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Ahmad Failed to Reach Expectations



Esa Ahmad’s collegiate basketball career has come to an end. He, alongside Wesley Harris, have been dismissed from the team for undisclosed violations of athletic department policies.

Ahmad came to West Virginia University with high expectations and high hopes for himself. The 66th ranked player in the class of 2015 was a four-star recruit and chose WVU over Indiana, Ohio State, Iowa State, and Oregon.

After a successful freshman season, where Ahmad started all 34 games, he looked to be the next star to come out of Morgantown. He transitioned well into his sophomore season, and had what many consider to be his best season as a Mountaineer. Ahmad averaged 11.3 points per game to go along with 4.3 rebounds.

Unfortunately, it all went downhill from there. News officially broke in September of 2017 that Ahmad would miss the first half of the 2017-2018 season because he “did not meet NCAA eligibility requirements.” It didn’t seem to effect the team, however, as Jevon Carter led last year’s Mountaineers to a 15-1 start, and guided the Mountaineers all the way to a No. 2 ranking when Ahmad returned to face Texas Tech.

That’s when everything started getting worse for the team. The Mountaineers finished the regular season going 7-8 in their last 15 with Ahmad, leading many to believe Esa was a bad ingredient to what was already a perfect recipe.

One big problem I’ve always had with Esa was his lack of effort. Just by watching him, it seemed that he never bought into “Press Virginia.” He would constantly get beaten down the floor when running the press, he was always slow rotating to help and his lack of lateral quickness allowed him to get beat off the dribble more than he should.

Those are all easy problems to fix, you just have to play with some heart, something Esa never really exemplified.

After making the decision to return for his senior season, Esa was expected by all, including Coach Huggins, to be the leader of a young and promising squad.

He’s done the complete opposite of that. It’s about more than basketball at this point. The season is a wash, but there is something that will always bother me about this year. Esa Ahmad is a 22-year old man, and he wouldn’t take the responsibility to help lead these 18-year old kids and be a role model to them. Not only would he not take over close games this year, there were certain times when he was the worst player on the floor. I’ve watched him make mistakes that middle school kids make and instead of taking accountability for it, Ahmad would hang his head and eventually make the same mistake again.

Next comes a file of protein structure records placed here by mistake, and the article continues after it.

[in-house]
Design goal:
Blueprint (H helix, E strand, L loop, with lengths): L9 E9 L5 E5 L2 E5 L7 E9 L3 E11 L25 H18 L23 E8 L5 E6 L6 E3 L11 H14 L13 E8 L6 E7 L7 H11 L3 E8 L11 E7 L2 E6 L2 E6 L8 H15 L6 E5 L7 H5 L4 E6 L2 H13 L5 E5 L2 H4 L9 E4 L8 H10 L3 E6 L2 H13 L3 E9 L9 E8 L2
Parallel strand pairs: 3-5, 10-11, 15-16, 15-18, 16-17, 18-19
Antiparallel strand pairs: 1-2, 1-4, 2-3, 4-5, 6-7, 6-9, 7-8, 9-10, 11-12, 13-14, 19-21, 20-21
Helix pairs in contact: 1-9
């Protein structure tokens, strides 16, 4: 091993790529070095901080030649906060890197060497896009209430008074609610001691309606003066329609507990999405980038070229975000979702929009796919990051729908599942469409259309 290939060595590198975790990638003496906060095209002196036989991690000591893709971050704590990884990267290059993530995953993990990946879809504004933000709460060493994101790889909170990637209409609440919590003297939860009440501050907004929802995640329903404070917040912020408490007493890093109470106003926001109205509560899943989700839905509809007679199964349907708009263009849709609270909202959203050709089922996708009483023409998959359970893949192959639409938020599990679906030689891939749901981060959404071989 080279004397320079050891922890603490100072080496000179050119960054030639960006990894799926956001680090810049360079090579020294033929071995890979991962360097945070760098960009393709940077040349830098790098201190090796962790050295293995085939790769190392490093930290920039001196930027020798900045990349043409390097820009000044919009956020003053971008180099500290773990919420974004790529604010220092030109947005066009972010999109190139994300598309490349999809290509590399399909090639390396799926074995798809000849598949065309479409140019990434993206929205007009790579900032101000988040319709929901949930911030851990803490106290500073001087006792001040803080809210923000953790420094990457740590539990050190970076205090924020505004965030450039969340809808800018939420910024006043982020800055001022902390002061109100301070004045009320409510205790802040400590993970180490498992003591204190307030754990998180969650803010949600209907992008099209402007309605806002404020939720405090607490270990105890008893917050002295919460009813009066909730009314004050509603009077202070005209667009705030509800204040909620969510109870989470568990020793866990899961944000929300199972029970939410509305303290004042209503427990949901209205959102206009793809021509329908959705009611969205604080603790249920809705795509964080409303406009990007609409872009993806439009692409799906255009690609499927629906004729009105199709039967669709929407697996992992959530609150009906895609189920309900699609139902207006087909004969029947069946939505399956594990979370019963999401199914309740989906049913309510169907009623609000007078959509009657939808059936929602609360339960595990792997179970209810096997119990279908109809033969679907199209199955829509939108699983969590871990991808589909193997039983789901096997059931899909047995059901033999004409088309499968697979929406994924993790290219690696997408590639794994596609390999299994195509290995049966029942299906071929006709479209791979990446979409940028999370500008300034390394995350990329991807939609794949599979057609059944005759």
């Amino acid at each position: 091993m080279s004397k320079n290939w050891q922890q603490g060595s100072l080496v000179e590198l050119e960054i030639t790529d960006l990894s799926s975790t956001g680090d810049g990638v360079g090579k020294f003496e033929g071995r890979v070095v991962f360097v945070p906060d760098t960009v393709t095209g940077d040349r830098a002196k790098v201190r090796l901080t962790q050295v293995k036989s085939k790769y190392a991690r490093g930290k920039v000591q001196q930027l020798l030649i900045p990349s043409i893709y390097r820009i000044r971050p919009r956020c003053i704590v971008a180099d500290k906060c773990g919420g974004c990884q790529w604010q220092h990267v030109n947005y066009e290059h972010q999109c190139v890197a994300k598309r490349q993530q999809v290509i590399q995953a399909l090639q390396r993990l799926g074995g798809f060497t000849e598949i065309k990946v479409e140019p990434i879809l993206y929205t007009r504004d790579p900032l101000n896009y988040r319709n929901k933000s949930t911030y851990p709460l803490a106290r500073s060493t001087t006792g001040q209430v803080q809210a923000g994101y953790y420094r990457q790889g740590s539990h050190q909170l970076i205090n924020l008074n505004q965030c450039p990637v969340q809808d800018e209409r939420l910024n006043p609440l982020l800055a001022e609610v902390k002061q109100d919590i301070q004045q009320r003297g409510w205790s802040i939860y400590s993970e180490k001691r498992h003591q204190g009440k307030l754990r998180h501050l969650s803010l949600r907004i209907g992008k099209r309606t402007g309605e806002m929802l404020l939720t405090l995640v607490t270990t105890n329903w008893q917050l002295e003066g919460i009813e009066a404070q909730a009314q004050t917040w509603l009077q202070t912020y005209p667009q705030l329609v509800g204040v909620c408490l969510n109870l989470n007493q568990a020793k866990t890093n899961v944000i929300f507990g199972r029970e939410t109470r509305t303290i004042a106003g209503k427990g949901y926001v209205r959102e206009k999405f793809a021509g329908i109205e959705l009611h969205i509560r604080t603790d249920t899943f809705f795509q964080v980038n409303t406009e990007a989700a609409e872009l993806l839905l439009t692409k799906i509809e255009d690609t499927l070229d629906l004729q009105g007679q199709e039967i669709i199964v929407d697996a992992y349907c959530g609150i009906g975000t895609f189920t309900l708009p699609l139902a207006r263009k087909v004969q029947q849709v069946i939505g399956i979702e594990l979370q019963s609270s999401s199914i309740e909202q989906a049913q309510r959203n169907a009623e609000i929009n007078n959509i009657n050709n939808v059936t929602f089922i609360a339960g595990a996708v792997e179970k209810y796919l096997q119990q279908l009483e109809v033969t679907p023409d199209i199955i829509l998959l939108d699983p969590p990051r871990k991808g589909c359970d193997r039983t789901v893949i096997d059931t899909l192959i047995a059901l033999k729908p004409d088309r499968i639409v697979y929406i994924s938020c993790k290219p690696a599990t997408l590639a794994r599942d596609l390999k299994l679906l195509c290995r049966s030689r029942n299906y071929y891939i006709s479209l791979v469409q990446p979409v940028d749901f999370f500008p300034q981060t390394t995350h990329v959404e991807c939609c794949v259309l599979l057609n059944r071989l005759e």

Great players and great leaders grow with a program over time. Jevon Carter grew with the program, and he was probably the best leader to ever put on the West Virginia uniform. Carter bought in to everything Huggins said – he believed in the coach and his teammates. Esa Ahmad was a talented player, but he never grew. I don’t think he could handle the pressure of being the leader of the team, and obviously Coach Huggins has felt the same way as he chose to bench him earlier this season.

Coach Huggins has said a lot of eye-opening statements in his postgame press conferences this season. We will never know who they are about, but we can all use context clues. Following the 31-point loss to TCU, “We come out of a huddle and we switch from man-to-man to a 2-3 zone and one of our veteran guys asks, ‘who am I guarding?'” Huggins said.

After the loss to Florida way back in early December, Huggins said about an unidentified player, “I’ve never had a guy turn a 180 as much as he has turned. He was as coachable as he could be and now he’s not. I’ve told them in the locker room that it has to stop. They have to cut it out. You can’t put yourself before the team. I don’t put myself before the team.”

Think what you will of these quotes, but lack of effort shows. Lack of leadership shows. Ahmad isn’t a vocal player on the floor, he’s never there to pick his guys up after a tough break. Morale goes a long way with any team. And it’s apparent Ahmad did not add any to a struggling team.

Maybe saying goodbye to Ahmad will welcome in a new era for Huggins and West Virginia basketball.

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